Torah is at the very center of Judaism. When we talk about “Torah,” though, not everyone means the same thing. A literalist approach would argue that the Torah is what was given to Moses at Mt. Sinai as described in this week’s Torah portion, Yitro; those same individuals might include the Oral Torah as also having been received at the same time.
Others think of Torah more broadly. Torah is from the same word as Moreh/Morah–teacher. It is roughly translated as instruction. There are those who think of Torah as any kind of Jewish learning.
Parashat Yitro relates the “official” story of where instruction came from. There is a sense, however, that what was revealed to Moses and our people at Mt. Sinai continues to be revealed on a regular basis. As time goes on and we make more discoveries, we further uncover God’s instructions and God’s will. In this respect, Torah not only comes from our past–and from a place far away, but Torah also comes from a place very close to us every day.
Our lives are enriched by Torah–by the instructions we receive from many sources; those instructions help us to find our place in the world and what God wants from us. Do not believe that all there is to know about Torah and the world is known already. The search for Torah is never-ending.
Yesterday evening, I went for a run on the indoor track that runs around the main gym, but up a level. When running on the track it is possible to look below and see kids playing on toys, adults playing Pickleball, and teens playing basketball. I could not believe my eyes when I saw–of all things!–three teenage boys vaping IN THE GYM on the side of the basketball court.
I work at the gym and, even though I was not in uniform, when I got around the track to where they were I stopped running and called down to them. “Excuse me, gentlemen!” They saw where the voice was coming from and I said “You can’t do that here.” One of them said, rather sheepishly, “I’m sorry.” I responded, “don’t be sorry–just don’t do it!”
The same boys were seen and reported by two members vaping again the Fitness Center. I would say that I was speechless when I heard this, but this is a blog so I’ve got to write about it.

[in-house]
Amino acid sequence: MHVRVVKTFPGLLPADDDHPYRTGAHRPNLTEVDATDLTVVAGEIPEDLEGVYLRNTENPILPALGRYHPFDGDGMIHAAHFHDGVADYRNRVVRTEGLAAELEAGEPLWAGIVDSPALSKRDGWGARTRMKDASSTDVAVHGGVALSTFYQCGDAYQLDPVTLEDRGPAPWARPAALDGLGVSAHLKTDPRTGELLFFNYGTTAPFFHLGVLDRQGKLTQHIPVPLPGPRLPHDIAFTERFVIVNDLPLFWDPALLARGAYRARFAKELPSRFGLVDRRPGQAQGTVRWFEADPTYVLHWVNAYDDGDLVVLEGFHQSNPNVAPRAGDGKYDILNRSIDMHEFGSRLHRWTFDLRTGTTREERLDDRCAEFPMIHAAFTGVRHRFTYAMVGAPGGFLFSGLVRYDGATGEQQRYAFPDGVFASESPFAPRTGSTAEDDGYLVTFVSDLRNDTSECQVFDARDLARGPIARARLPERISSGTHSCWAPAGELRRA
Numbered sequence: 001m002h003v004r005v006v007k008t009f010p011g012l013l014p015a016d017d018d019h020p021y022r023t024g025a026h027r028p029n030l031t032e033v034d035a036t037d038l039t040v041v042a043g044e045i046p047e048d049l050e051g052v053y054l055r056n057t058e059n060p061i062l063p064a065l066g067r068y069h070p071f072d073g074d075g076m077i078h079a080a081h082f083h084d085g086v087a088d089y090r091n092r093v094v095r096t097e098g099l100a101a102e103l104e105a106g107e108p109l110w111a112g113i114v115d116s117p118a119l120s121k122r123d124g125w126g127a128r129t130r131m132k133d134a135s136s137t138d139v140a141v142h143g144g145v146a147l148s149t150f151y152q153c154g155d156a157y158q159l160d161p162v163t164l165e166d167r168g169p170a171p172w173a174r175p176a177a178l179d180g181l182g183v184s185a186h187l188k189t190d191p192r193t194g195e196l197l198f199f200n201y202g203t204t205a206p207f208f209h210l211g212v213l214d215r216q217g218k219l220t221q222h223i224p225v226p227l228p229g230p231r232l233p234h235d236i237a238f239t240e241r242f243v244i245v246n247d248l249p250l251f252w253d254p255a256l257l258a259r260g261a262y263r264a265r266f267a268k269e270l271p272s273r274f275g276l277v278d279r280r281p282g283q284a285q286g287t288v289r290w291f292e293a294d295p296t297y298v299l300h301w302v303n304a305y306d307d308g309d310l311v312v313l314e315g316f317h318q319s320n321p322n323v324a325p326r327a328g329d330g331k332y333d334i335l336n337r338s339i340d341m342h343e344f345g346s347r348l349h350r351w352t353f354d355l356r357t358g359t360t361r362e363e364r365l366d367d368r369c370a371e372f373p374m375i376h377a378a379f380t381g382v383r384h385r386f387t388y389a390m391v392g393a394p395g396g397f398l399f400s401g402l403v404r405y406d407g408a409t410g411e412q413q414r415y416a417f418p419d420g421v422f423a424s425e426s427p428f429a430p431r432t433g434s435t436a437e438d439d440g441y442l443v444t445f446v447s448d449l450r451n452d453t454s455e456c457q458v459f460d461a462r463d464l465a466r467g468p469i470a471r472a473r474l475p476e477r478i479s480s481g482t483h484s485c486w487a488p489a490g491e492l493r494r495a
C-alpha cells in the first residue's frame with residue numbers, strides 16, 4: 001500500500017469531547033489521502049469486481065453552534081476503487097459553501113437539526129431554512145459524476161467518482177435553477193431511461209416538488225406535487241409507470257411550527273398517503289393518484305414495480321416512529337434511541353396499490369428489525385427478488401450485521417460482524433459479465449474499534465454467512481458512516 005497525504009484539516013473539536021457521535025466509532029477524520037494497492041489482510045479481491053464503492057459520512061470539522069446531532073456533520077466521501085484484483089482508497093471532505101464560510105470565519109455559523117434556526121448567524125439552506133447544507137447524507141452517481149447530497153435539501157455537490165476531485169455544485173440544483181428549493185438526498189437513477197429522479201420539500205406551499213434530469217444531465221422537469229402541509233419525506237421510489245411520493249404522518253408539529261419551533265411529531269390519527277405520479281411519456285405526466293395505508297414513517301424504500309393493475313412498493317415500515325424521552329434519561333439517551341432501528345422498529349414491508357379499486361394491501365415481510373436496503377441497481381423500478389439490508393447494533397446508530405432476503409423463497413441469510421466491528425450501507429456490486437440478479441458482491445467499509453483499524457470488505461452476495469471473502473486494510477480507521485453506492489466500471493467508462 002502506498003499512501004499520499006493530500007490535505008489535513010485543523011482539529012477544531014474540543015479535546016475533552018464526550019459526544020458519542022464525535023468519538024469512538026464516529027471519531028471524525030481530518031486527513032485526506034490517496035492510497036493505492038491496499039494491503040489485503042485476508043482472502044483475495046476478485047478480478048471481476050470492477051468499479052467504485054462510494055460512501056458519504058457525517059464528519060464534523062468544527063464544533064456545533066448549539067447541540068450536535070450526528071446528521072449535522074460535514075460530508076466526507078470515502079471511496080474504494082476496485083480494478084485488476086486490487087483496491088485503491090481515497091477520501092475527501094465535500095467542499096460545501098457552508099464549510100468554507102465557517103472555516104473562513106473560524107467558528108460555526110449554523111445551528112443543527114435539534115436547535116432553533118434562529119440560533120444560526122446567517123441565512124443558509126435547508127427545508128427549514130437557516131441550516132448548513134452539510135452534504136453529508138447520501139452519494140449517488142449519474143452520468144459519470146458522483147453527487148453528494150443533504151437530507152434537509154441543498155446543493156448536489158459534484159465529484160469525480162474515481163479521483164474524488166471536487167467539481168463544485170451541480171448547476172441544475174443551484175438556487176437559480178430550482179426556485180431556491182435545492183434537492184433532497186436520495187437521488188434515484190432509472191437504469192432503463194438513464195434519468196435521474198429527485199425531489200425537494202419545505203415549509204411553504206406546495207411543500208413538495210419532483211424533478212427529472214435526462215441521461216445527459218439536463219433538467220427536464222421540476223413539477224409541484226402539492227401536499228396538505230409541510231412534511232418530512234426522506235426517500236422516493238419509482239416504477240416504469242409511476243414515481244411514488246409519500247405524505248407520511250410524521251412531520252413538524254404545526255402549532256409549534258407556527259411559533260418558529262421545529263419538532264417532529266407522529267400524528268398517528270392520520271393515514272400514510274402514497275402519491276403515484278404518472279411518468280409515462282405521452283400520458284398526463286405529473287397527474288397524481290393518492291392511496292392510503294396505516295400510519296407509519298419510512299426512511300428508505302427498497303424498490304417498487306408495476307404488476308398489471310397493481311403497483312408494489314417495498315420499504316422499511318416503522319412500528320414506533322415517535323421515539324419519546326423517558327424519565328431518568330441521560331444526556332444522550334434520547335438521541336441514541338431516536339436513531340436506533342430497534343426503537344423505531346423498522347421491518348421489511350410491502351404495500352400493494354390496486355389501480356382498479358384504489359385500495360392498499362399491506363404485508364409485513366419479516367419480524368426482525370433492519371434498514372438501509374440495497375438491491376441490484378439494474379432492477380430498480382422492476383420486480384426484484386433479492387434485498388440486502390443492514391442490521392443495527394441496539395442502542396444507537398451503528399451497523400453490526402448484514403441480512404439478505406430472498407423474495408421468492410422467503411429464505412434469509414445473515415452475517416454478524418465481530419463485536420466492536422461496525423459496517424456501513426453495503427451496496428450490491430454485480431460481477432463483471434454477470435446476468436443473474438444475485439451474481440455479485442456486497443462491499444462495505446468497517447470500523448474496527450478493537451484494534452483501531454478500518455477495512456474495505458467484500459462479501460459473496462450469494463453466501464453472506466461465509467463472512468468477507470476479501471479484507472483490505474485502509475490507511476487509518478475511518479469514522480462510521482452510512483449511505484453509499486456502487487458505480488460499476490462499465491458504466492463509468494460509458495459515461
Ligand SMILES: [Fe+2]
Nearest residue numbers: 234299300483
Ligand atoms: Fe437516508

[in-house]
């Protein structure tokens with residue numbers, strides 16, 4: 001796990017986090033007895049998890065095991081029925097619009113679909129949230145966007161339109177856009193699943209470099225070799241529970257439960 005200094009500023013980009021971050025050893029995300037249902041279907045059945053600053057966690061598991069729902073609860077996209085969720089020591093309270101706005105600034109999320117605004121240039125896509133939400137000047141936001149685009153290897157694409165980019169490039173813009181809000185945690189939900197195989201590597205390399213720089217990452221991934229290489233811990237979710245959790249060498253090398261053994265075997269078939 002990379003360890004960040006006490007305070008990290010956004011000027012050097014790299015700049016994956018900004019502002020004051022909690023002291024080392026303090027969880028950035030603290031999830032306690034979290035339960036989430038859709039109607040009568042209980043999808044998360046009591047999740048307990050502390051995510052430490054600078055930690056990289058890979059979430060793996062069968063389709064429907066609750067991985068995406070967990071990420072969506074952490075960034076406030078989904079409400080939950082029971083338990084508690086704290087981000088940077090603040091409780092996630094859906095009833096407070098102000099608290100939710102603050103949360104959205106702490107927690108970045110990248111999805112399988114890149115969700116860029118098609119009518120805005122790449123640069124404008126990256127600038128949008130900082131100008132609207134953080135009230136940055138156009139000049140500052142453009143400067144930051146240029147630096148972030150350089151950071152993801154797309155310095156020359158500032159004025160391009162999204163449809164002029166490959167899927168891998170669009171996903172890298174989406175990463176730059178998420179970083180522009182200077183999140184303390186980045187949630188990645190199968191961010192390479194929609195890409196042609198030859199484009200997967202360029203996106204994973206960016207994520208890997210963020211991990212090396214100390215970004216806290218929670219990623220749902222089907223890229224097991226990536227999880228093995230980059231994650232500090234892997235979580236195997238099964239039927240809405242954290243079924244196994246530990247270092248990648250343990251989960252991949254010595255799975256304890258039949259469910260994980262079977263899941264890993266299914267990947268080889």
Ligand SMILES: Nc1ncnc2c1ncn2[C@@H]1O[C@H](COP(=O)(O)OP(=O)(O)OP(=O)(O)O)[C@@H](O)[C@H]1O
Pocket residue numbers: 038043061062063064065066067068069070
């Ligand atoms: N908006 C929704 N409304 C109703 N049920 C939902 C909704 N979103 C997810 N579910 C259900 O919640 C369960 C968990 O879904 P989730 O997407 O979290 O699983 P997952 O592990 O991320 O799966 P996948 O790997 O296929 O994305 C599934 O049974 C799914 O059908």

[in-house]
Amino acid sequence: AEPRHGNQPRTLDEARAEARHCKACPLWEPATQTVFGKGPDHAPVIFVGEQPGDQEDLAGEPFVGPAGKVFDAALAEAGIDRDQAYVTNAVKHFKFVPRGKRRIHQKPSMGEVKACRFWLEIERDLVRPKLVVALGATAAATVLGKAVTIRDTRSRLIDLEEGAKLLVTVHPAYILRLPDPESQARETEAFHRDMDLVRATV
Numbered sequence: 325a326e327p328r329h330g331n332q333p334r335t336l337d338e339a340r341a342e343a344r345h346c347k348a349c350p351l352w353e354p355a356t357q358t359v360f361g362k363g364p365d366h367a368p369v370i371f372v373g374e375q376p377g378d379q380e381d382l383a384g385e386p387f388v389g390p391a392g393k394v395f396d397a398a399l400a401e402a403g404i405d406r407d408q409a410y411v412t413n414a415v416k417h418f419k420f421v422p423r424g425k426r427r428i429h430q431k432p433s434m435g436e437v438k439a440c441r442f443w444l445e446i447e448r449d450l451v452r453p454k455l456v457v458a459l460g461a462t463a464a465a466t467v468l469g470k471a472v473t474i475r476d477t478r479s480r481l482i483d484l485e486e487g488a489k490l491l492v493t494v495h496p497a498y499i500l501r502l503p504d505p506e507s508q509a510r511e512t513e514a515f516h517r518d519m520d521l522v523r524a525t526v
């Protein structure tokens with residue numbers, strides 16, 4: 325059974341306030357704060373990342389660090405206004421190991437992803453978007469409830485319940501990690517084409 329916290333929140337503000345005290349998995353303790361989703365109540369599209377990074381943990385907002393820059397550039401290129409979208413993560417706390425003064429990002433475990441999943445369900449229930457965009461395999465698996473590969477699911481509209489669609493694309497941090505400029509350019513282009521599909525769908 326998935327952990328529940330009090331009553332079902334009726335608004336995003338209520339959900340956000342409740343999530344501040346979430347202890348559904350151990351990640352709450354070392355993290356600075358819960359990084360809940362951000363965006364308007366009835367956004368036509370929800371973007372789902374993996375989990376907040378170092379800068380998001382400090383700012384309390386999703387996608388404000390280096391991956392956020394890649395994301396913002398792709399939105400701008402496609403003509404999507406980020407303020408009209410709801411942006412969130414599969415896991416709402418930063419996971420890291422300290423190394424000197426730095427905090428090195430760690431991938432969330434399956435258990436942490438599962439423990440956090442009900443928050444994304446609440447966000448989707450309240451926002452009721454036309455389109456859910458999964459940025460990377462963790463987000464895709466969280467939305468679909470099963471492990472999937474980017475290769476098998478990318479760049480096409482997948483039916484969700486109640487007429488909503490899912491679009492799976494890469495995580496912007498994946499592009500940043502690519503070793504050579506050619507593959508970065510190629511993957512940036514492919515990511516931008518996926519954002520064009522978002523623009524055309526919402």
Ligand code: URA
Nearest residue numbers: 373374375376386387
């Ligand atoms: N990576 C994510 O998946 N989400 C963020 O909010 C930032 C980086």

I know this shouldn’t matter, but what really bugged me was that the boys were obviously Jewish teens. How did I know? They were dressed in clothing and “accessories” that clearly identified them as Jews–and observant ones at that. Ugh.
I know this isn’t fair. I find it horrifying when I see any young person (or any person for that matter) vaping or smoking. It is so clearly detrimental to one’s health. Do I need to quote articles and health journals? We’ve known for a while just how damaging and addictive it can be. It is also a very expensive “habit.” How people still vape and smoke is beyond me.
Why does it bother me that they were Jewish…and apparently observant? How does one follow the Jewish laws so closely–so much so that it dictates their dress, diet, social interactions, etc.–and at the same time destroy one’s own body–a potentially holy vessel given by God?
There may not be a commandment in the Torah that says Thou Shalt Not Vape, but Jewish law clearly mandates that we have an obligation to preserve our health so that we will live and be able to serve God and our fellow human beings. How can someone care so much about the food that goes into their body and ignore the noxious chemicals they inhale? It is a total disconnect.
It is important for all religious leaders to share the dangers of vaping and smoking. We also need to call out the cigarette and vape companies that market to teens and young adults. They know that if they can create an addict early, they will have a customer for life.
Vaping in the gym? Sadly, yes. We can do better. We owe it to the next generation to get the message out.
I love thy fruits: apples, pears, coconuts, and oranges.